Thursday, October 20, 2005

The Rant To Beat ALL Rants

This week I want to talk about what's been happening recently on SSC. As probably most of you know, I wrote the first in a series of articles on interviewing. In case you haven't heard of it, you can read it here.

During the discussion on this article, some of you said it must have been a joke, while others reverted back to the dark ages and performed a modern version of the Inquisition. I'll get to how I feel about that in a minute, but first I want to explain what the article was all about.

I wanted to say this so many times during the discussion, but I really wanted to see how far it would go... and originally, I was going to come clean in the 2nd installment, but I just don't think it can wait.
Let me say first off that this was a very carefully crafted piece. Didn't any of you catch onto the fact that the article was called "How to Mess Up an Interview"... GET IT?? I messed up the interview... (actually, one guy did get it... thanks, Paul, and while I think genius may be stretching it, I appreciate the vote of confidence.)

I've always had a flare for the dramatic, and when I conceived this series I had one thought in mind and that was to really drive the point home. So what I decided to do in this first installment was to give the readers just a little something to show them the kinds of things that can start out innocently enough but then completely blow an interview. The published draft of the piece was probably my 7th rewrite. Believe it or not, I actually got the idea from one of the worst interviews I ever had the pleasure to conduct. This guy went off on how dumb his current employer was, and how he was the only one there who knew anything at all. In the course of answering a question about the biggest disaster he had ever been a part of, he had a few choice things to say about the people he worked with including referring to the NOC guy as a stupid N-word... 3 TIMES!!!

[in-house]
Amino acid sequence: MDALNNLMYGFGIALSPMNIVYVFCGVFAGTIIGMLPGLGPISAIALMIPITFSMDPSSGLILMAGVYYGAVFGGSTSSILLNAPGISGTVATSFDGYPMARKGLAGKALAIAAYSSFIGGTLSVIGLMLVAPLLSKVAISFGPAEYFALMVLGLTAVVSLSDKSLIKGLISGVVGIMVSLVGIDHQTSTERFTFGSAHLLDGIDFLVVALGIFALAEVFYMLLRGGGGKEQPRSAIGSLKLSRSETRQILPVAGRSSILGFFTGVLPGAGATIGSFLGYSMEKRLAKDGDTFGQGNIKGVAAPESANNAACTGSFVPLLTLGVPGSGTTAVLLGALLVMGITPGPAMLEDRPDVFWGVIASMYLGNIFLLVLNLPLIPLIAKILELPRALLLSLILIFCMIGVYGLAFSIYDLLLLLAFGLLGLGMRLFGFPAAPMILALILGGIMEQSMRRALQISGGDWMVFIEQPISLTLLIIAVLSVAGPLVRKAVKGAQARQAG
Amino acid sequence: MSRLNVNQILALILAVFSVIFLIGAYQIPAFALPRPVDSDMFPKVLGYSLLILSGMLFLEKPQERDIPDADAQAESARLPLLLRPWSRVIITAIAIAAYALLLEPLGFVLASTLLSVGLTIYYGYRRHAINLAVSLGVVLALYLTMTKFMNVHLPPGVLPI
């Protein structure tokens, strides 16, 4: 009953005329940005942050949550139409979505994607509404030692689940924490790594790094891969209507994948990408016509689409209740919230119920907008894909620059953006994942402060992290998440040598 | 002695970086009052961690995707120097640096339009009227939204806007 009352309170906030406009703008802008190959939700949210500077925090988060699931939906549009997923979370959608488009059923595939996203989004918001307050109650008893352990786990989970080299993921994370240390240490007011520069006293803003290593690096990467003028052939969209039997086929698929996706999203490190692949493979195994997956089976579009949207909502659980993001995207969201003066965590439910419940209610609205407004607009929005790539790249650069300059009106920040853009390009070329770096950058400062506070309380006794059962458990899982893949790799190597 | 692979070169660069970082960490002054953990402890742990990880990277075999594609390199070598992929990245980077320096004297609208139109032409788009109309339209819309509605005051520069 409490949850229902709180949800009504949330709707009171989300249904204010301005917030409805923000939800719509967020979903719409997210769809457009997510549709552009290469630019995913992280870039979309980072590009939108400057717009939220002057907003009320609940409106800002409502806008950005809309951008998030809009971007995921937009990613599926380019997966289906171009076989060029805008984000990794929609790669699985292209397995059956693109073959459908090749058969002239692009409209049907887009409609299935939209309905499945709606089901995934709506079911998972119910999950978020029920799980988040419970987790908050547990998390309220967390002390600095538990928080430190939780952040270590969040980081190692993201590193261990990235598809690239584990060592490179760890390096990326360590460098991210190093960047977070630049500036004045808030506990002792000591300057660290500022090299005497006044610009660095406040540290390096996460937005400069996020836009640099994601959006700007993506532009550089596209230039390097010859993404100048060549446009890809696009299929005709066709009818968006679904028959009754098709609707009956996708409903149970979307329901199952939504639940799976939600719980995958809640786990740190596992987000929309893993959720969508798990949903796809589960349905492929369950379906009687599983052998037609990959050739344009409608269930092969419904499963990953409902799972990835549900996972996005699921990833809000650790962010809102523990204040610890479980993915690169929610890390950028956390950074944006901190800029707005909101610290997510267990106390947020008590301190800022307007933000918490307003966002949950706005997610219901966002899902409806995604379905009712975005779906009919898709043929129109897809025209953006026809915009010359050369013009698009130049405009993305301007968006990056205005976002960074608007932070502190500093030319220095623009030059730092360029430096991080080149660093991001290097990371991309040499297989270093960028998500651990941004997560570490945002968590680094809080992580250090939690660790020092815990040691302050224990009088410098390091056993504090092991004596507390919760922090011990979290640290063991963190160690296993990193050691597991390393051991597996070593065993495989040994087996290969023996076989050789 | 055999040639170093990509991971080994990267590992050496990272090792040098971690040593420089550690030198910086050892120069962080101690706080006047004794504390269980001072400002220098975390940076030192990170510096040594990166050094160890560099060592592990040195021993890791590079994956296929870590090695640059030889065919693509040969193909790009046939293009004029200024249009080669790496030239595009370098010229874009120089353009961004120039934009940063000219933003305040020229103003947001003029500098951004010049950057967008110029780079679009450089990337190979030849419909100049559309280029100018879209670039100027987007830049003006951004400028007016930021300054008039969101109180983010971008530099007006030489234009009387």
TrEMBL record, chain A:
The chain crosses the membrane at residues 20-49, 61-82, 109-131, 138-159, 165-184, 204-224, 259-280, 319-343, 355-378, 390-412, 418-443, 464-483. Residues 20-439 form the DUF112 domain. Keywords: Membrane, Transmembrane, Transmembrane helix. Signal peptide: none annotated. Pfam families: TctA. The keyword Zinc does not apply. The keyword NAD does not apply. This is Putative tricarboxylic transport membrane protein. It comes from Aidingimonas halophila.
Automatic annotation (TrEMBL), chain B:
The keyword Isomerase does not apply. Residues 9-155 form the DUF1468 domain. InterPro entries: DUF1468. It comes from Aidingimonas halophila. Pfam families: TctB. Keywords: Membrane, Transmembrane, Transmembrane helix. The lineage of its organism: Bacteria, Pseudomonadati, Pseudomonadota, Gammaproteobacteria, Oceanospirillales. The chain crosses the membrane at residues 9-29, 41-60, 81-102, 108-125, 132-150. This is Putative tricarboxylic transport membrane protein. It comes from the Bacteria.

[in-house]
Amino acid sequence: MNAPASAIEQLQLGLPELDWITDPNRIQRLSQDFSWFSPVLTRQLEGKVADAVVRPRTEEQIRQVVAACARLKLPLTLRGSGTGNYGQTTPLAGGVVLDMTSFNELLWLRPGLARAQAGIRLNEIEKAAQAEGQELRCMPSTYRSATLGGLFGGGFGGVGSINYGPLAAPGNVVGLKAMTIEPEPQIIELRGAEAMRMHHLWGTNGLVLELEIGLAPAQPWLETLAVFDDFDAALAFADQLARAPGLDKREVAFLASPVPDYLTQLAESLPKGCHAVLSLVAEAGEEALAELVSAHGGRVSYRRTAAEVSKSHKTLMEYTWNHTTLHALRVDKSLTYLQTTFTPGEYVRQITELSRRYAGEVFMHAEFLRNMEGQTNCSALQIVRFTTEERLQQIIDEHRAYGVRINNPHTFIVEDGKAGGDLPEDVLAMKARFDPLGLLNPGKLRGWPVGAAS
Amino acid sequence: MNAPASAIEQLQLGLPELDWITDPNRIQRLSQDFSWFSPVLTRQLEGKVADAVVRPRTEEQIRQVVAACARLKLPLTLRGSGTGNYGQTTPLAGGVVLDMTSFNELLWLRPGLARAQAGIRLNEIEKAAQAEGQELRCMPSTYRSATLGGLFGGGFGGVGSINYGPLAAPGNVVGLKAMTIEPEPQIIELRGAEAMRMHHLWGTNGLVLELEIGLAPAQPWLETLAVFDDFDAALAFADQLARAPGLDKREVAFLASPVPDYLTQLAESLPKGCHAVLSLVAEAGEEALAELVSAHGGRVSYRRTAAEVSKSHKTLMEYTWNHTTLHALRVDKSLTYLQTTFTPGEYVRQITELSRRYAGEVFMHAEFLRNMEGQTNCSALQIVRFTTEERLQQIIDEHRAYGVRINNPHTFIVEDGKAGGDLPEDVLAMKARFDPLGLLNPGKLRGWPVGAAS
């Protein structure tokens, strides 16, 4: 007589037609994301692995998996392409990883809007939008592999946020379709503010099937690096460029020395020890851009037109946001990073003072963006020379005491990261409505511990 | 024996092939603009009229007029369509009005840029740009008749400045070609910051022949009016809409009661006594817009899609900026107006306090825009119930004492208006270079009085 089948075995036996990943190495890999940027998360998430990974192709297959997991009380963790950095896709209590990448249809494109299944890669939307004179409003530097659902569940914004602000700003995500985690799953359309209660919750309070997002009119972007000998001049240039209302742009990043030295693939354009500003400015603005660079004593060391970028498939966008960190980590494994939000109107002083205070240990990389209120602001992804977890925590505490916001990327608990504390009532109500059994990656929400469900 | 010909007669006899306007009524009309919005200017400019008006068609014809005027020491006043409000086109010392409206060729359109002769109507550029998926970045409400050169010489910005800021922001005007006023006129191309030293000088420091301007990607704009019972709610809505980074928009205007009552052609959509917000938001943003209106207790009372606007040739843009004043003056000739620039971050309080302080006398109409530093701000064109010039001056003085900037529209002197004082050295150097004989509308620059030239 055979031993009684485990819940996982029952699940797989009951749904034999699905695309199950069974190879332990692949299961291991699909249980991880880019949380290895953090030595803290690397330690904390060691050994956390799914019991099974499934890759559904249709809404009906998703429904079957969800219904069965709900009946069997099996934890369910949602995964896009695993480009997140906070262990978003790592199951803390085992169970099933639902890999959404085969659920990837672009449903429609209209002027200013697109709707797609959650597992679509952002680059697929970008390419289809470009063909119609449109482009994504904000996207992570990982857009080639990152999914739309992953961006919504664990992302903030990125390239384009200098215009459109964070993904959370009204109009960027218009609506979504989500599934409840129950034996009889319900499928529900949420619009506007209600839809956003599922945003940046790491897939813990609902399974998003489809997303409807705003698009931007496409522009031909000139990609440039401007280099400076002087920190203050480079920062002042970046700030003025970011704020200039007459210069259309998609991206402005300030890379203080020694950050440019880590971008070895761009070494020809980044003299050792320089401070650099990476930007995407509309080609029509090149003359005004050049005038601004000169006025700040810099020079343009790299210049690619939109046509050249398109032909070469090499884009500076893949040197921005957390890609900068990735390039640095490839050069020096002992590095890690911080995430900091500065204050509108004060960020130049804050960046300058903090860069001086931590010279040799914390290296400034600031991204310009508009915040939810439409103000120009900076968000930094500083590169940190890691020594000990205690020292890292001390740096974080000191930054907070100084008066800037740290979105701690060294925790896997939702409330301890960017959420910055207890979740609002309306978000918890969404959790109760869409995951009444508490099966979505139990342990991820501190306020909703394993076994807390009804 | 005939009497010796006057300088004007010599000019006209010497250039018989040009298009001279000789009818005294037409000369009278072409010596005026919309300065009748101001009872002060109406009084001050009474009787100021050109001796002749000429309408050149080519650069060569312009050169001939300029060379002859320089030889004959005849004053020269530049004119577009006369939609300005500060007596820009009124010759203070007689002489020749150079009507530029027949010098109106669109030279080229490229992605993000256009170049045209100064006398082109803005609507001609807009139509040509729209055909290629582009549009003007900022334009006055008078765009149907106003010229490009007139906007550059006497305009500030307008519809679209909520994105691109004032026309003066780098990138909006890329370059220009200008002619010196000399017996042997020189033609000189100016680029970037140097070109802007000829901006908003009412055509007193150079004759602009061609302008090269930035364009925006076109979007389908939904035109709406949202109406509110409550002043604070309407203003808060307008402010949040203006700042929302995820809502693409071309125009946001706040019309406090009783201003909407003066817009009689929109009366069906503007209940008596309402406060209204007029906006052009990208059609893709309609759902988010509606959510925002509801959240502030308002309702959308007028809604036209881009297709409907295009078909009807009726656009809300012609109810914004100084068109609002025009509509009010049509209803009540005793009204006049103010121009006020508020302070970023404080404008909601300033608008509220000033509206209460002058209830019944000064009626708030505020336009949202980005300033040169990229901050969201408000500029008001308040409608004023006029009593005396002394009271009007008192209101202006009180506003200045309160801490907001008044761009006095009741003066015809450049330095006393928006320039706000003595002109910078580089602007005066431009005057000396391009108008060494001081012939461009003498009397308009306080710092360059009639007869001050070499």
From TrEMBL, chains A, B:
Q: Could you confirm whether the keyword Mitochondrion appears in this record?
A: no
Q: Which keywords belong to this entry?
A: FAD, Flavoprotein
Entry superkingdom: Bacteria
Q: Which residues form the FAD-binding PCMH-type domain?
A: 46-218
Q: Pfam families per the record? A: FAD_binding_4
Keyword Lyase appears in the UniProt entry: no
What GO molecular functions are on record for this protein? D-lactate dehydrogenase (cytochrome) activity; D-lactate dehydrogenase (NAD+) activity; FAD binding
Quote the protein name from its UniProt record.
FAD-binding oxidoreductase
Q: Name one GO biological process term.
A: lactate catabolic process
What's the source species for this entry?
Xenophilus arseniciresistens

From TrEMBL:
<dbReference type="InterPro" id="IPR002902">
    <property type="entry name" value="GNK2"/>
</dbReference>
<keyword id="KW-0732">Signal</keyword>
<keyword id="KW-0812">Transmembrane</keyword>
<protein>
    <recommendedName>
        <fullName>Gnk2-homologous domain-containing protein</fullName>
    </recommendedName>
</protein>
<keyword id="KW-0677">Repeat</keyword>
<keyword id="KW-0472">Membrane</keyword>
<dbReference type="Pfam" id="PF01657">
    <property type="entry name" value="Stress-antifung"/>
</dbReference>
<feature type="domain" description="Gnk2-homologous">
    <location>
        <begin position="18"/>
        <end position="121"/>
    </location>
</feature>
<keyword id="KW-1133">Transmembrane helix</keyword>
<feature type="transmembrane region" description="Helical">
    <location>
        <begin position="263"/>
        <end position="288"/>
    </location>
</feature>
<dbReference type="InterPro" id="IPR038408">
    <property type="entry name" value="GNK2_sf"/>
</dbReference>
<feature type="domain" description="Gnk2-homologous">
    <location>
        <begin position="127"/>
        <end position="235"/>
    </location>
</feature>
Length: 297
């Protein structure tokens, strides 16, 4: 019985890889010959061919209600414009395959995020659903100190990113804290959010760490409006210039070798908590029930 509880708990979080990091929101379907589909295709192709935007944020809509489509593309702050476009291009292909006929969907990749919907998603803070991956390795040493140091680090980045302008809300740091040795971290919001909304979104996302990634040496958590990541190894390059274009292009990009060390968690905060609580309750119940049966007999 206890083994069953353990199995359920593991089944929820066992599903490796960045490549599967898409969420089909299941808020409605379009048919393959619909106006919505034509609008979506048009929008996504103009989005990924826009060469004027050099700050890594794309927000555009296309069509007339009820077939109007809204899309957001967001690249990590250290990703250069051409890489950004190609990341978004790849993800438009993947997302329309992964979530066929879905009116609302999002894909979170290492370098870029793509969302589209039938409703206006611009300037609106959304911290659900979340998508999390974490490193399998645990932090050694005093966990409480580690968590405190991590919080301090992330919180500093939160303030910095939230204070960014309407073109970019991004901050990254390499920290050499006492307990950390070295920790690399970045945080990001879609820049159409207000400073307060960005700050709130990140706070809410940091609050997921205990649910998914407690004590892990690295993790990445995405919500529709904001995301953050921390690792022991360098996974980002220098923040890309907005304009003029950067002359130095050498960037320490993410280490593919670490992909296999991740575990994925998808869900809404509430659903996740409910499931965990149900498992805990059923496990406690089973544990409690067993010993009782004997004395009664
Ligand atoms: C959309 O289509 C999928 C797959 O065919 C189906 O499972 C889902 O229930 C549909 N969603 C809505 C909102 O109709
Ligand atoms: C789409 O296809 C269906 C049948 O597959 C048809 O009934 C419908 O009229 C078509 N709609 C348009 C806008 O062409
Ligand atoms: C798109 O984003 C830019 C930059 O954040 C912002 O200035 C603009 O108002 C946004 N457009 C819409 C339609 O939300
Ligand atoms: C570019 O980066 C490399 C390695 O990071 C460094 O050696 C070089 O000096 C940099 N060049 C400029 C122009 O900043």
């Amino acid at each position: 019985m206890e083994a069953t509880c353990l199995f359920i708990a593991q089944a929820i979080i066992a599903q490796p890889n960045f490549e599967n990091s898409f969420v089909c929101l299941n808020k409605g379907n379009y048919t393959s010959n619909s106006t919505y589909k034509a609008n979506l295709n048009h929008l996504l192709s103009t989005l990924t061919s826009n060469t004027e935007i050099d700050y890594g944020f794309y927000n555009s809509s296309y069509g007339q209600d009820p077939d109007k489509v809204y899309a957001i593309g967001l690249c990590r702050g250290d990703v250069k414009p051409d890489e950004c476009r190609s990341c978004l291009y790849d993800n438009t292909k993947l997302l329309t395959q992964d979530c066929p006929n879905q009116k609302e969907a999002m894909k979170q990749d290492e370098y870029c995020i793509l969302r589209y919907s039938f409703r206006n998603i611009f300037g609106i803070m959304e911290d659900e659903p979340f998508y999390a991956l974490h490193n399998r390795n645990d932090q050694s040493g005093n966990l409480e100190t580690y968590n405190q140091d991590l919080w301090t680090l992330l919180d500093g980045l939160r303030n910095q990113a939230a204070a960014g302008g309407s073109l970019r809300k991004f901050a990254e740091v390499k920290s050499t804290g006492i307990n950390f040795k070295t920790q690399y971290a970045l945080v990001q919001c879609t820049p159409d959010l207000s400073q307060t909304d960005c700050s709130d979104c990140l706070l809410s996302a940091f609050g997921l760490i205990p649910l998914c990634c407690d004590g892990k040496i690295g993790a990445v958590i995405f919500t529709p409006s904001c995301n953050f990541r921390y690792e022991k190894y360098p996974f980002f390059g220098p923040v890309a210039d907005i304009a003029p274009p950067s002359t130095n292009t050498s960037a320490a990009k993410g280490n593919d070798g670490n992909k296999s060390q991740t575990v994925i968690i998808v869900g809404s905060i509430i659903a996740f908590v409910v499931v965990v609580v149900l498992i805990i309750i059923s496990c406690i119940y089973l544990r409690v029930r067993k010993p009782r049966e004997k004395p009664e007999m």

When I asked him about his team and how they work together, he referred to his fellow DBAs as Jesus freaks who would just assume hold hands around the server and sing Kumbaya than to actually learn anything to actually fix the problem. It amazes me sometimes the lengths people will go to keep you from hiring them.

So anyway, I wanted to write this first installment in a way that would completely fail an interview. I started with that guy's interview as a model, but I had to be more subtle. There's no way I could possibly say the things he said, so I wrote one draft after another trying to tone it down to not only something believable, but something that would get my point across. In other words, I wanted to be that guy you wouldn't hire because he's just a little too... off, I guess.